In fact, since it is difficult to become master,10 and is hardly possible otherwise to support a wife and children, quite a few people who feel and fear this predicament renounce marriage forever and abandon themselves afterward to laziness and debauchery. Others, frightened by the same difficulties, think of looking far and wide for the best positions, and persuaded by public rumor that foreign countries are more favorable, they scramble to transfer their talent and their heart there. Moreover, it is not the deformed, the weak, or the imbeciles who think of expatriating; it is always the most vigorous and the most enterprising who go and try their fortunes abroad, and who sometimes go to the ends of the earth with the same goals in mind. These emigrations, so disgraceful to our administration, and which different causes occasion every day, can only bring a palpable weakening of the national power; this is why it is important to work to prevent them. One of the most effective means of doing this would be to award solid benefits to the conjugal union—in a word, to make the masterships free or of low cost to married people, whereas they would be very expensive for bachelors (if it were not considered preferable to exclude them completely).11

In any case, I repeat that masterships are not a necessary consequence of an exact administration. Properly speaking, they serve only to reinforce division and monopoly among us. Without these things, it is easy to establish order and equity in commerce.

A municipal chamber could be formed in our good cities, composed of five or six aldermen with a magistrate at their head, to regulate gratis everything concerning the administration of the arts and commerce. Those who wanted to make or sell some works or merchandise would have only to present themselves to this chamber, declare what they were interested in, and give their name and address so they could be overseen by juridical visits that would be fixed in number and in the salary awarded to the overseers.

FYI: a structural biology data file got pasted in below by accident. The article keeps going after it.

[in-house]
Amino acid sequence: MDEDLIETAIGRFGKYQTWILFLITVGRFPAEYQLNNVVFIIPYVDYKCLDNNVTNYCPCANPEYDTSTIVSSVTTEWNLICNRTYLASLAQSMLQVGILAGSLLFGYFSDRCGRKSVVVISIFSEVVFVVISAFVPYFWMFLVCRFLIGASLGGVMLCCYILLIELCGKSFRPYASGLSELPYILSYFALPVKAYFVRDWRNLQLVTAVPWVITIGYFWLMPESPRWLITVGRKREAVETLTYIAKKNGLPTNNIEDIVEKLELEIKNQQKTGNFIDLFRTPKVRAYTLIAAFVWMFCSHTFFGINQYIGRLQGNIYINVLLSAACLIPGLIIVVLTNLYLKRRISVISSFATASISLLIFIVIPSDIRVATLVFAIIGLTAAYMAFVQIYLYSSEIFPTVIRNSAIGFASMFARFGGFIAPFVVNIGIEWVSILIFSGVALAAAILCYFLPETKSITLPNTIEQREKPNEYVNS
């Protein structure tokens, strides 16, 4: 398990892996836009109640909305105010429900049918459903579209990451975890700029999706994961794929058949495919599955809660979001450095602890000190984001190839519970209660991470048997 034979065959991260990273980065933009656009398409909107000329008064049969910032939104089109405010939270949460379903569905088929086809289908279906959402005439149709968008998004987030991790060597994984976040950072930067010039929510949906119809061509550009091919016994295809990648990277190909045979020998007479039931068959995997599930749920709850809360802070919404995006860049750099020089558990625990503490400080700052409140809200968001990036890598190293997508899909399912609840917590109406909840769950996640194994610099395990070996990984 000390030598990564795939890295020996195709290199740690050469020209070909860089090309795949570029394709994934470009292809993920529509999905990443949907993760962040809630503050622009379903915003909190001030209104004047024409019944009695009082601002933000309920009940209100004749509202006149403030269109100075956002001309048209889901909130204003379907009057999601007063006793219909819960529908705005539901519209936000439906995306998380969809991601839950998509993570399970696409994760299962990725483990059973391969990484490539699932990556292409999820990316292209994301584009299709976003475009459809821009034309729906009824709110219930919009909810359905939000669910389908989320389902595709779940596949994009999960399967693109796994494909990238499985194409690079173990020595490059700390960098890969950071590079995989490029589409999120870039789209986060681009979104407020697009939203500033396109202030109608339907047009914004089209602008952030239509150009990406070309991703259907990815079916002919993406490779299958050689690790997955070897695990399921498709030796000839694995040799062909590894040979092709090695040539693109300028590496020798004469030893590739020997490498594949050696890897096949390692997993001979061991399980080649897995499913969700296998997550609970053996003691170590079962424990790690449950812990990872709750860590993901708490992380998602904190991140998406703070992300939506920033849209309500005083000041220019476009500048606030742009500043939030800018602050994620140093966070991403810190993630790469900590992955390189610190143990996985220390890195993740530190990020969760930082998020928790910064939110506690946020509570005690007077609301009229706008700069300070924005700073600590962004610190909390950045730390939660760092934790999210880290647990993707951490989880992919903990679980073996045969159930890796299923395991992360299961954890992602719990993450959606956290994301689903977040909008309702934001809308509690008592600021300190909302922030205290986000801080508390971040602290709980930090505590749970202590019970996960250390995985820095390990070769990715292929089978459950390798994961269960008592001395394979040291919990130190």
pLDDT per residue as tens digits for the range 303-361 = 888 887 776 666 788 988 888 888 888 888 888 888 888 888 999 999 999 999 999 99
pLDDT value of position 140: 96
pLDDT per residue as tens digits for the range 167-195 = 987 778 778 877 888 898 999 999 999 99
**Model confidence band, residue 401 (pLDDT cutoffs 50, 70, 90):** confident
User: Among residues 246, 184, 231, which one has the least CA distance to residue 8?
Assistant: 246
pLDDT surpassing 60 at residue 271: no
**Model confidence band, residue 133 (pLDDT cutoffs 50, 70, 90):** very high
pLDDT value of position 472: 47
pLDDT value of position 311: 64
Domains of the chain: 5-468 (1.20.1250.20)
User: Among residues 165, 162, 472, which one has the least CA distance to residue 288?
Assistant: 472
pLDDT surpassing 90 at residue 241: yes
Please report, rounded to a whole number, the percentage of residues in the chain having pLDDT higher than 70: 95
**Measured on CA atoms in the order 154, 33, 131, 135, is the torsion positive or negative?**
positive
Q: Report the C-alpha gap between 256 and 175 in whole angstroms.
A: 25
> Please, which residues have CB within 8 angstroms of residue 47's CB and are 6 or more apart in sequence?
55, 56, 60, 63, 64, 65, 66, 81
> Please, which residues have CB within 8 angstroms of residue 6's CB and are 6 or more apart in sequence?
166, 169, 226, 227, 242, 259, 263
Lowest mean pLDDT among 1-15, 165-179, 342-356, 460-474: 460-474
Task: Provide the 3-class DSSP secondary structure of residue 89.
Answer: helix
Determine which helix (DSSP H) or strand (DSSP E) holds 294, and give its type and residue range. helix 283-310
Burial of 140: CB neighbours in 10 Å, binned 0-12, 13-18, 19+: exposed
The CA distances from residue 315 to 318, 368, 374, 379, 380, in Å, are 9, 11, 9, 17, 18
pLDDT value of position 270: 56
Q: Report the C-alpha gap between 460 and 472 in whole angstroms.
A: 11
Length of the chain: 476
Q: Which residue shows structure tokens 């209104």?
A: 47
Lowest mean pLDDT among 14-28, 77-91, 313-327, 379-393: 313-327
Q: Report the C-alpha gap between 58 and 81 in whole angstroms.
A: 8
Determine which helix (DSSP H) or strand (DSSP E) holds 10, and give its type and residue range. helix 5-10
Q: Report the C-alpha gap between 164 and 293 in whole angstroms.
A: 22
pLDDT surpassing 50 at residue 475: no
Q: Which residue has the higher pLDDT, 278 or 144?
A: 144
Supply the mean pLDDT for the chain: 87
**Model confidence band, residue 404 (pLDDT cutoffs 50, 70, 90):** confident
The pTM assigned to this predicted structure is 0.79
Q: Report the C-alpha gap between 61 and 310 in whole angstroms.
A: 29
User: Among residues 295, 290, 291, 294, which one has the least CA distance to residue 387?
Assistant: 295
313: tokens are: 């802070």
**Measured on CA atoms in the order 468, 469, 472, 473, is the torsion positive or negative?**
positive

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With regard to the competence required to practice each occupation as a master, it seems to me this should be evaluated as a whole, without chicanery and without partiality, by the number of years of practice. I mean that whoever demonstrated, for example, eight or ten years of work with masters, would be considered at that time, ipso facto, without certificate of apprenticeship, without masterwork and without exam, to be reasonably conversant with his art or trade—and worthy, in a word, of achieving the mastership under the conditions prescribed by his majesty.

In fact, why is it necessary to subject simple journeymen12 to dubious masterworks and countless other obstructive formalities to which masters’ sons are not subjected? It is doubtless imagined that the latter are more skillful, and this ought naturally to be the case; however, experience shows the opposite clearly enough.

A simple journeyman always has great difficulties to overcome in establishing himself in an occupation. He is usually less rich and less protected, in less of a position to get settled and make himself known. Nonetheless, he is as much a member of the commonwealth as anyone else, and he should experience the protection of the laws equally. It is therefore unjust to aggravate the unhappiness of his condition, or to make it more difficult and costly for him to get established—in a word, to subject a weak and defenseless subject to ruinous ceremonies from which those with more wherewithal and more protection are exempt.